Many state and local government workers can retire and collect a pension after a few decades of service, regardless of how old they are. Some public sector employees who started working in their 20s and never changed employers are eligible to collect pension benefits for life beginning in their 50s.
A recent New York Times and CBS News poll found that most Americans are willing to pay for good benefits for teachers, police officers, and firefighters. The majority of those surveyed (56 percent) oppose cutting the pay or benefits of public employees to reduce state budget deficits. In fact, many Americans say they would rather increase taxes (40 percent) than decrease benefits for public employees (22 percent), reduce funding for roads and public transportation (20 percent), or cut spending on education (3 percent).
Many Americans say that people who have dedicated their lives to public service deserve a secure retirement. But the public appears evenly divided about what age is too young to retire. Some 49 percent of those surveyed say police officers and firefighters should be able to retire after 25 years of service and begin collecting pension checks, even if they are in their 40s or 50s. However, 44 percent say they should have to be older than that to collect pension checks regardless of the number of years they have served. There was a similar divide when citizens were asked about teacher retirement. Some 49 percent say teachers should be able to retire after a set period of service, while 46 percent say teachers should have to wait until age 65.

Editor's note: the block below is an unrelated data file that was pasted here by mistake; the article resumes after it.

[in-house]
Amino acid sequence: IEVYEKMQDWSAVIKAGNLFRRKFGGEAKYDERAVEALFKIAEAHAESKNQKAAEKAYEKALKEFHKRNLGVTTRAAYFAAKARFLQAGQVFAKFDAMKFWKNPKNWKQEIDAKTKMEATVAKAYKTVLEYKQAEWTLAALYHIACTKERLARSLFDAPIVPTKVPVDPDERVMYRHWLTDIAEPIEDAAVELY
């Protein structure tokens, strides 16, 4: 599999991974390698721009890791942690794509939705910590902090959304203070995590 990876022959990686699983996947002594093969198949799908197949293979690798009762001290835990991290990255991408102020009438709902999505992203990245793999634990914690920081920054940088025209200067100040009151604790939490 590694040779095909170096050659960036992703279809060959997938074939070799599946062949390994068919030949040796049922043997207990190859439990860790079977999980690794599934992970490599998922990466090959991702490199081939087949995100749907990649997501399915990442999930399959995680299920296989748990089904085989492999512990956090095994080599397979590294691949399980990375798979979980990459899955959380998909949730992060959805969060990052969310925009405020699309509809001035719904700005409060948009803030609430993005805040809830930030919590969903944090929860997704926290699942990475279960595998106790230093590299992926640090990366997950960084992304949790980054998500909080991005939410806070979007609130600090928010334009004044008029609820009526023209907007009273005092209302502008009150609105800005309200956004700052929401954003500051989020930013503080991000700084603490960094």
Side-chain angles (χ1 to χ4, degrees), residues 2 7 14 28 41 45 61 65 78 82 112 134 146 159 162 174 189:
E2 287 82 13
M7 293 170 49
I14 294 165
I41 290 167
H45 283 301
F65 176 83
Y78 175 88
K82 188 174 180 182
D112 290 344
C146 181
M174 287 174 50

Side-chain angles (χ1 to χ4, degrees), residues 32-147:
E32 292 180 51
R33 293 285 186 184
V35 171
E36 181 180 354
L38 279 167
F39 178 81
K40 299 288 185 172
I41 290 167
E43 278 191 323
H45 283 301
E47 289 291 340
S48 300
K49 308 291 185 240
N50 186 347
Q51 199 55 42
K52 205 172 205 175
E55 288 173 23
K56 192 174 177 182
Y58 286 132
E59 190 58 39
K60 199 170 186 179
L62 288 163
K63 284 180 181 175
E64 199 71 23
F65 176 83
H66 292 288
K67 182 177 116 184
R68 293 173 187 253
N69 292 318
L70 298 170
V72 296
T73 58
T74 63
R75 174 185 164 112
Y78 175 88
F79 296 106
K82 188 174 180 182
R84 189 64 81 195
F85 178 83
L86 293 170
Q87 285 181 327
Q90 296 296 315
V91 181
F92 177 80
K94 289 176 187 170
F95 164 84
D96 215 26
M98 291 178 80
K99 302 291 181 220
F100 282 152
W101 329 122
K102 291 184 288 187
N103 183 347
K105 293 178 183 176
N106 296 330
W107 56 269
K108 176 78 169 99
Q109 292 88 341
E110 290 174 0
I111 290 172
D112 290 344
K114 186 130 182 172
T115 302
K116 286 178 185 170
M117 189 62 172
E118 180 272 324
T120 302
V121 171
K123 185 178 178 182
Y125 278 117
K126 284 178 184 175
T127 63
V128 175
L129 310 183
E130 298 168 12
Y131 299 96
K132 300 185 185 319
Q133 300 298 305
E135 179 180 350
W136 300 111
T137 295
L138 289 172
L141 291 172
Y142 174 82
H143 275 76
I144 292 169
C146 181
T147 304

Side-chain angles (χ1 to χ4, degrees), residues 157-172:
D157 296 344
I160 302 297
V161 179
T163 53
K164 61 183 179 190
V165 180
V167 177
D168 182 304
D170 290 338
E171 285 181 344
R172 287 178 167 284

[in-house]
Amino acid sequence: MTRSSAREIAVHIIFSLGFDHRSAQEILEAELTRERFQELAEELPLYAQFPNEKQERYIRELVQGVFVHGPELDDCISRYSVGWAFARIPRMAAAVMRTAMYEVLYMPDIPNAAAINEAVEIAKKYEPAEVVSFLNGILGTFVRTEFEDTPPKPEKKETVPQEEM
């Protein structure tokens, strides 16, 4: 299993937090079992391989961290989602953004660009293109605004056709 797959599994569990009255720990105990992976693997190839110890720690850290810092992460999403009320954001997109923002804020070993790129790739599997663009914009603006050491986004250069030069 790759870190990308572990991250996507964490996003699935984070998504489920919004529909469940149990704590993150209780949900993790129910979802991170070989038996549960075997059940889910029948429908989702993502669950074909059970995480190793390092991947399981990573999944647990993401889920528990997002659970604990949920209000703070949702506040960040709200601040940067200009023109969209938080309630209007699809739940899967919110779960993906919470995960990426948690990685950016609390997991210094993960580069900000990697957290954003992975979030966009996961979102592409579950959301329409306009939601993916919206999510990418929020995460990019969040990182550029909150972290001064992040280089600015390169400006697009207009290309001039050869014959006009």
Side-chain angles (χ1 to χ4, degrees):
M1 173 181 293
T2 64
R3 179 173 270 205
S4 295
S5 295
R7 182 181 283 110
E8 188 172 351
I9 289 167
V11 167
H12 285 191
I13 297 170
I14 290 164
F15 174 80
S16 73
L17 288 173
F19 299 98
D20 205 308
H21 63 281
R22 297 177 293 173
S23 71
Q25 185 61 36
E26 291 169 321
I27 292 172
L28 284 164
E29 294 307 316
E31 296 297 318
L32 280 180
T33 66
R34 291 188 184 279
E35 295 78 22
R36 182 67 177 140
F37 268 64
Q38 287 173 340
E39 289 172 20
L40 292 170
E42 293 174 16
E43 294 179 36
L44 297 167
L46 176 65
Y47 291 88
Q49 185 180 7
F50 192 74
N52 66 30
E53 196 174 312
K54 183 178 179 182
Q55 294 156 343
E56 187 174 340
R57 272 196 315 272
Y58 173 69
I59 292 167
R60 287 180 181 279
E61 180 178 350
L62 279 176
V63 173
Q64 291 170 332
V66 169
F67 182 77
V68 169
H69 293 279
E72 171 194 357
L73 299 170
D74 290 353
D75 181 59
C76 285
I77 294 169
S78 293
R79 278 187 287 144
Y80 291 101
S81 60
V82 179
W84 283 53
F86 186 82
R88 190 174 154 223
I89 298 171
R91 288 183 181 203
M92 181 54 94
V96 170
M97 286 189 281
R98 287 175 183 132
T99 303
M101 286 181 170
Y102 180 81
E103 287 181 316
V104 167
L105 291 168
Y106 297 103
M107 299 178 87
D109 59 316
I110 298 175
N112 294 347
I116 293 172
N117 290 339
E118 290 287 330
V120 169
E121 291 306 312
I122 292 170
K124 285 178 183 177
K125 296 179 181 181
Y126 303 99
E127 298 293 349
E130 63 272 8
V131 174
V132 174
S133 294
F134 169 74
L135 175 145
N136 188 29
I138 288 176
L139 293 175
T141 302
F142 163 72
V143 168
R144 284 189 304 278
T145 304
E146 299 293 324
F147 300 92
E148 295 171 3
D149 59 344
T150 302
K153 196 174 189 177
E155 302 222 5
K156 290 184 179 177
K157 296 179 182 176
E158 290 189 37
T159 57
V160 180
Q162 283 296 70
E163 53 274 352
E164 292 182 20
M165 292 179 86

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Having a traditional pension doesn’t necessarily mean that government employees will be able to retire early. Most state and local government employees plan to retire in their 60s (44 percent), according to a 2010 ING Institute for Retirement Research and Synovate survey of 1,026 full time state and local government employees between ages 20 and 70, excluding public school teachers. Just 13 percent of public sector employees plan to retire at age 59 or younger and another 19 percent plan to retire at age 70 or later or never retire. Many government employees (41 percent) say they have increased their expected retirement age as a result of the economic decline, typically because they expect the cost-of-living and health care expenses to increase in the future.
Many taxpayers say public sector workers should pay more out-of-pocket for their own benefits. A recent NBC News and Wall Street Journal survey of 1,000 adults found that most people support requiring public employees to contribute more of their pay for their retirement benefits (68 percent) and health benefits (63 percent). However, the majority of voters are opposed (62 percent) to taking away the right for public sector workers to collectively bargain for their health care, pensions, and other benefits.
The average global retirement age at which private-sector workers with a full career can first draw retirement benefits from the main national pension scheme without any reductions was 63 in 2010, according to an Organisation for Economic Co-operation and Development analysis of retirement ages in 30 countries with national retirement plans. The lowest 2010 retirement age was 57 in Greece and the highest was 67 in Iceland and Norway. The United States has the third oldest retirement age, 66. Many European countries and the United States already have laws in place that will increase the retirement age in future years.
Workers in the U.S. can begin to collect Social Security checks at age 62. But workers who sign up at this age receive smaller payouts than those who wait until their full retirement age to sign up. The full retirement age used to be 65 for people born in 1937 or earlier. But the age was increased to 66 for most baby boomers and will climb to 67 for everyone born in 1960 or later. Employees can further increase the Social Security payout they will receive by waiting until age 70 to sign up.